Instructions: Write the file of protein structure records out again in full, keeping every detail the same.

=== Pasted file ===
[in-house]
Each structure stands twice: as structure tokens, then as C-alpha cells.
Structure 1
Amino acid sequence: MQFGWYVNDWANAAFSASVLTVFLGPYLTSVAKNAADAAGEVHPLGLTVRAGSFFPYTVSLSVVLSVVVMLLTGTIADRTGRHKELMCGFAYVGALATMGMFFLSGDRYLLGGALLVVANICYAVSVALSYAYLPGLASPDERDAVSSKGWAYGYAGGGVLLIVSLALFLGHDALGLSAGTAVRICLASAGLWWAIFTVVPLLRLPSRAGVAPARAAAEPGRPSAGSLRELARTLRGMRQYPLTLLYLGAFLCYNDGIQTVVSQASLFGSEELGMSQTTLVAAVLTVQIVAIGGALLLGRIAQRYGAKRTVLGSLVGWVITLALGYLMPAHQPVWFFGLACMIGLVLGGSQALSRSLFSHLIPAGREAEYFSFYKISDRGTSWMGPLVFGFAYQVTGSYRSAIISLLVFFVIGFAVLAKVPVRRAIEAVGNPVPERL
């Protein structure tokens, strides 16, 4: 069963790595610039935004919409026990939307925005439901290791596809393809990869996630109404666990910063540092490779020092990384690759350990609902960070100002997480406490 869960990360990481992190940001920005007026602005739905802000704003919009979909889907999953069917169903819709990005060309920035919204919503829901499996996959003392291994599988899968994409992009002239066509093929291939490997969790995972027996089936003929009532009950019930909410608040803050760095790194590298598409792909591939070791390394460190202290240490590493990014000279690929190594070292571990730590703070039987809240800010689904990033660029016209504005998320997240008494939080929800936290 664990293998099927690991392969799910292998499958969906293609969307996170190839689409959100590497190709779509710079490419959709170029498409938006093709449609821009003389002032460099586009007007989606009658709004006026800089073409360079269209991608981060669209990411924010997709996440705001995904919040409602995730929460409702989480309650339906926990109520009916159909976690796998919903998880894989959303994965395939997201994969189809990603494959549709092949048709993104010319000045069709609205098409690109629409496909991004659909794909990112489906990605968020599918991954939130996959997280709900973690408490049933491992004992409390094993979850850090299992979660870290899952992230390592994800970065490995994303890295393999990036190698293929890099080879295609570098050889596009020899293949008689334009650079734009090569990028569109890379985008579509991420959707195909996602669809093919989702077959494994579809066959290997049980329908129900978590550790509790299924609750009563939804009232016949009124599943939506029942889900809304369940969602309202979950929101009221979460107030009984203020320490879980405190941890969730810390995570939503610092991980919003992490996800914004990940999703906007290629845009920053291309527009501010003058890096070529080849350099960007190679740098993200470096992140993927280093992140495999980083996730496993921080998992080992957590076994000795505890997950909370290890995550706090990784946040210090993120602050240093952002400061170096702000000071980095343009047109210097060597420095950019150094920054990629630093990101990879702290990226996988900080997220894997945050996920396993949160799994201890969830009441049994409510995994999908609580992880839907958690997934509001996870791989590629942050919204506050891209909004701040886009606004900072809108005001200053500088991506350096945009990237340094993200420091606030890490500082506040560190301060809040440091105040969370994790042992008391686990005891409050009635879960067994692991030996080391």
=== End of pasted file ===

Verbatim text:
[in-house]
Each structure stands twice: as structure tokens, then as C-alpha cells.
Structure 1
Amino acid sequence: MQFGWYVNDWANAAFSASVLTVFLGPYLTSVAKNAADAAGEVHPLGLTVRAGSFFPYTVSLSVVLSVVVMLLTGTIADRTGRHKELMCGFAYVGALATMGMFFLSGDRYLLGGALLVVANICYAVSVALSYAYLPGLASPDERDAVSSKGWAYGYAGGGVLLIVSLALFLGHDALGLSAGTAVRICLASAGLWWAIFTVVPLLRLPSRAGVAPARAAAEPGRPSAGSLRELARTLRGMRQYPLTLLYLGAFLCYNDGIQTVVSQASLFGSEELGMSQTTLVAAVLTVQIVAIGGALLLGRIAQRYGAKRTVLGSLVGWVITLALGYLMPAHQPVWFFGLACMIGLVLGGSQALSRSLFSHLIPAGREAEYFSFYKISDRGTSWMGPLVFGFAYQVTGSYRSAIISLLVFFVIGFAVLAKVPVRRAIEAVGNPVPERL
């Protein structure tokens, strides 16, 4: 069963790595610039935004919409026990939307925005439901290791596809393809990869996630109404666990910063540092490779020092990384690759350990609902960070100002997480406490 869960990360990481992190940001920005007026602005739905802000704003919009979909889907999953069917169903819709990005060309920035919204919503829901499996996959003392291994599988899968994409992009002239066509093929291939490997969790995972027996089936003929009532009950019930909410608040803050760095790194590298598409792909591939070791390394460190202290240490590493990014000279690929190594070292571990730590703070039987809240800010689904990033660029016209504005998320997240008494939080929800936290 664990293998099927690991392969799910292998499958969906293609969307996170190839689409959100590497190709779509710079490419959709170029498409938006093709449609821009003389002032460099586009007007989606009658709004006026800089073409360079269209991608981060669209990411924010997709996440705001995904919040409602995730929460409702989480309650339906926990109520009916159909976690796998919903998880894989959303994965395939997201994969189809990603494959549709092949048709993104010319000045069709609205098409690109629409496909991004659909794909990112489906990605968020599918991954939130996959997280709900973690408490049933491992004992409390094993979850850090299992979660870290899952992230390592994800970065490995994303890295393999990036190698293929890099080879295609570098050889596009020899293949008689334009650079734009090569990028569109890379985008579509991420959707195909996602669809093919989702077959494994579809066959290997049980329908129900978590550790509790299924609750009563939804009232016949009124599943939506029942889900809304369940969602309202979950929101009221979460107030009984203020320490879980405190941890969730810390995570939503610092991980919003992490996800914004990940999703906007290629845009920053291309527009501010003058890096070529080849350099960007190679740098993200470096992140993927280093992140495999980083996730496993921080998992080992957590076994000795505890997950909370290890995550706090990784946040210090993120602050240093952002400061170096702000000071980095343009047109210097060597420095950019150094920054990629630093990101990879702290990226996988900080997220894997945050996920396993949160799994201890969830009441049994409510995994999908609580992880839907958690997934509001996870791989590629942050919204506050891209909004701040886009606004900072809108005001200053500088991506350096945009990237340094993200420091606030890490500082506040560190301060809040440091105040969370994790042992008391686990005891409050009635879960067994692991030996080391």